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fullquiver

transporting gear

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Our troop is planning a trip to the Grand Tetons next summer. We are trying to calculate costs as close as possible. One issue we keep running into is transporting gear from Alabama to Wyoming. Shipping it is really expensive. Some are afraid of trying to check it on the plane.

 

Any thoughts on how would be the best way to handle this?

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As far as I know you cannot carry camp stoves, and certainly not fuel, in any baggage going on an airplane. UPS ground is not too expensive, and you could probably ship some heavier crew gear that way. Plan on buying fuel locally at your destination.

 

You may prefer to buy some of your food locally upon arrival. While you will not be able to dehydrate anything, there are some more or less standard items you can get in local grocery stores.

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Yah, fullquiver, can I ask why folks are afraid of checkin' stuff on the plane?

 

Scouts check backpacks and duffles on planes by the droves every summer. If you're worried about the baggage busters, throw your backpacks in a cheap outer duffle to keep the straps and things from catching in the equipment.

 

Yeh can transport stoves and empty fuel bottles that have no residual gas in checked luggage just fine. See http://www.tsa.gov/travelers/airtravel/assistant/editorial_1187.shtm. Problem is just that you don't want to set off the vapor detectors, so the stuff should be well cleaned and aired out. If it smells like gas, it won't go. Yeh can also use new fuel bottles, pick 'em up at the destination, or ship yours in advance. Pretty cheap via UPS.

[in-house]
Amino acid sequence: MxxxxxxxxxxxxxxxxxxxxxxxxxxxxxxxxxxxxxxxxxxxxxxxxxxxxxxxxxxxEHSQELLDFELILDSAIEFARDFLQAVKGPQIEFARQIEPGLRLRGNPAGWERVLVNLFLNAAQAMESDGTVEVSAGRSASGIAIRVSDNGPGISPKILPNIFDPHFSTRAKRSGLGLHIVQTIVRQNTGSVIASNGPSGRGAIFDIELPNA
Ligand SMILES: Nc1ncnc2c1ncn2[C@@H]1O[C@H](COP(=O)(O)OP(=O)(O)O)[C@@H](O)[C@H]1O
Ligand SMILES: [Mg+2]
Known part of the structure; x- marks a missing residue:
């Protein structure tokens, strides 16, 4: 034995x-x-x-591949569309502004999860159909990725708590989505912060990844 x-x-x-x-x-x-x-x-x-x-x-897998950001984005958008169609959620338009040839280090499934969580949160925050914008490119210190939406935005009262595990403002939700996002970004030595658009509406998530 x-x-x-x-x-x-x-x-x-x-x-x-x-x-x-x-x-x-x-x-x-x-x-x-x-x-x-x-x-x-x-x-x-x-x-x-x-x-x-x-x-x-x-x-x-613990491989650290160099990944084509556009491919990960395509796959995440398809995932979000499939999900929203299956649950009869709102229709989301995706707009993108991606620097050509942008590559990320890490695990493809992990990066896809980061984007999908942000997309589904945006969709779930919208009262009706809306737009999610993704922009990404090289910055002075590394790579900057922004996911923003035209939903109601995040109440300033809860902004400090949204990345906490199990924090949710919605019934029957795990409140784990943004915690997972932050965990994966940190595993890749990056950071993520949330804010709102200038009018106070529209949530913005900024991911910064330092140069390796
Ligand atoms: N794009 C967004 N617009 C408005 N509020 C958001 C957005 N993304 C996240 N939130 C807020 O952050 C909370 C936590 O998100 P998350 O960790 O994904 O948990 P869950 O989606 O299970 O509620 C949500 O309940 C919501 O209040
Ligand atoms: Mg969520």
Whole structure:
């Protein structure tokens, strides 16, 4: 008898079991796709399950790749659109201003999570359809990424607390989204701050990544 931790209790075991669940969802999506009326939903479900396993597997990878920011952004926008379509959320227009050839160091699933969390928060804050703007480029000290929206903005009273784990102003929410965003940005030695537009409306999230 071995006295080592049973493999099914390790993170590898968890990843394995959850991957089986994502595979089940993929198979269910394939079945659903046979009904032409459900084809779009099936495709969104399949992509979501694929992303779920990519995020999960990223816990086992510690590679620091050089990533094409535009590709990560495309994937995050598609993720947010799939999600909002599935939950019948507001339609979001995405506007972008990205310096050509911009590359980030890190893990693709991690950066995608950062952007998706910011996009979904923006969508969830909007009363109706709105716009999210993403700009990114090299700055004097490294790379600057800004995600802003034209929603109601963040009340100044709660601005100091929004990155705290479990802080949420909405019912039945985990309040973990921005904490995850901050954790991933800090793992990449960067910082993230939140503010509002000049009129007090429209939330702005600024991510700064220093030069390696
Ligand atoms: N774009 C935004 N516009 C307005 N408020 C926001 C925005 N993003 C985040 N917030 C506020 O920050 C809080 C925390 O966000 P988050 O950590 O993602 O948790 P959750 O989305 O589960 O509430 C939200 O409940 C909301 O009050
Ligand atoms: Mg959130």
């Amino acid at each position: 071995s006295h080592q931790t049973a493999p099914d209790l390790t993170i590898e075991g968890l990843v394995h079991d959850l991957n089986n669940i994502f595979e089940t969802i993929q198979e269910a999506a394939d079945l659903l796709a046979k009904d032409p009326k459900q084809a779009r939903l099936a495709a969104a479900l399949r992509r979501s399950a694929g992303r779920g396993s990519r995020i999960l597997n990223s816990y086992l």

Fuel you'll have to get at the destination, of course.

 

B

(This message has been edited by Beavah)

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Have you considered renting/borrowing/hauling a small trailer? When we went to Yellowstone/Grand Teton National Parks in 2004, we hauled our troop trailer which gives you a lot of flexibility along the way.

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Thanks for the thoughts...

 

The reason some are afraid to check our backpacks is the danger of the airlines "misplacing" our luggage. One of our adults has had the worst luck in that regard. He has even had his luggage lost on direct flights.

 

That is a good idea about the cheap duffle bags.

 

We have priced shipping and it looks to be about $120 per person to ship round trip.

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Bah, you're folks are bein' overly paranoid. Unless yeh have a really tight connection or get to the airport late, odds are yeh won't have any problem with lost luggage.

 

Arrive as a group. Arrive early. Remove all old airline stickers from luggage (if yeh leave old ones on they might get scanned instead of the new destination stickers). Put on good nametags.

 

You'll be fine. And if somethin' odd happens, it's just part of the adventure. Kids don't mind bein' in dirty clothes for a day. Let 'em deal with it.

 

Seems less than Thrifty to spend all that extra money guardin' against something that's unlikely to be an issue, and not that big a problem if it is. Shipping companies lose stuff too, eh? ;)

 

Beavah

 

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instead of a cheap outer duffel, we use a freebie sturdy cardboard box. Put the pack inside the box, add some wadded newspaper, tape or glue the box shut, lash a handling rope around it & off it goes. Forgot to mention we cover any & all printing with brown spray paint before writing our destination address on it. The rope "handle" holds the tags.